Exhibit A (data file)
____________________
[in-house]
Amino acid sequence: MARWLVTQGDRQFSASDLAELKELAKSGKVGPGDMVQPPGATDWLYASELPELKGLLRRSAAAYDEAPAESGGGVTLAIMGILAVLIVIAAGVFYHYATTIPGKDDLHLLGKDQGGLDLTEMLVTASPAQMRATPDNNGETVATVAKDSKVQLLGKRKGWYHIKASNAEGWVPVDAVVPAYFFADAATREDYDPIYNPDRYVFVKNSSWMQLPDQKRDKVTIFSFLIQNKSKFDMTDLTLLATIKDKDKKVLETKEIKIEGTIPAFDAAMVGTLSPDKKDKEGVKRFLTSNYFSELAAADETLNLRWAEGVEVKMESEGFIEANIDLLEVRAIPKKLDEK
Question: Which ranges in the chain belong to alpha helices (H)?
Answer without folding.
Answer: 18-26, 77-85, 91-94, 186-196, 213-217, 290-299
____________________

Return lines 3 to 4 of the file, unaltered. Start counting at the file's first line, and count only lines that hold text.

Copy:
Question: Which ranges in the chain belong to alpha helices (H)?
Answer without folding.